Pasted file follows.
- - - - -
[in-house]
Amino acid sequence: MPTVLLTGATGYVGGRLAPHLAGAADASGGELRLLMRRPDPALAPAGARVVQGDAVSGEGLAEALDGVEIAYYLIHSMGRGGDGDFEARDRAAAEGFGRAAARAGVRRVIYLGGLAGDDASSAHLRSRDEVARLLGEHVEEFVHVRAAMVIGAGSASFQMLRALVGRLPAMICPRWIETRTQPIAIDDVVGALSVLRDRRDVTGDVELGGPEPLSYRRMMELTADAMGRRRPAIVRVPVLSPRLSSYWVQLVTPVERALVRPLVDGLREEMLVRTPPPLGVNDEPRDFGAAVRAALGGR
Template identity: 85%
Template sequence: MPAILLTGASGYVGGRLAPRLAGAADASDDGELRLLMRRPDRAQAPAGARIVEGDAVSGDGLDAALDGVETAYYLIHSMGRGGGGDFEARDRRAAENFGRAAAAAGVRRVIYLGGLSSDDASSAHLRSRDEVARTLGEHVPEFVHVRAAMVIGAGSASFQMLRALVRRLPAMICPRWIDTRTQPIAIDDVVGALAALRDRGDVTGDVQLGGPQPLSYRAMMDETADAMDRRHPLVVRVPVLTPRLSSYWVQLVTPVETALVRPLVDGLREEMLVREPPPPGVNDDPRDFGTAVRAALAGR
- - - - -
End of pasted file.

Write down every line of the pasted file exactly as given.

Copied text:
[in-house]
Amino acid sequence: MPTVLLTGATGYVGGRLAPHLAGAADASGGELRLLMRRPDPALAPAGARVVQGDAVSGEGLAEALDGVEIAYYLIHSMGRGGDGDFEARDRAAAEGFGRAAARAGVRRVIYLGGLAGDDASSAHLRSRDEVARLLGEHVEEFVHVRAAMVIGAGSASFQMLRALVGRLPAMICPRWIETRTQPIAIDDVVGALSVLRDRRDVTGDVELGGPEPLSYRRMMELTADAMGRRRPAIVRVPVLSPRLSSYWVQLVTPVERALVRPLVDGLREEMLVRTPPPLGVNDEPRDFGAAVRAALGGR
Template identity: 85%
Template sequence: MPAILLTGASGYVGGRLAPRLAGAADASDDGELRLLMRRPDRAQAPAGARIVEGDAVSGDGLDAALDGVETAYYLIHSMGRGGGGDFEARDRRAAENFGRAAAAAGVRRVIYLGGLSSDDASSAHLRSRDEVARTLGEHVPEFVHVRAAMVIGAGSASFQMLRALVRRLPAMICPRWIDTRTQPIAIDDVVGALAALRDRGDVTGDVQLGGPQPLSYRAMMDETADAMDRRHPLVVRVPVLTPRLSSYWVQLVTPVETALVRPLVDGLREEMLVREPPPPGVNDDPRDFGTAVRAALAGR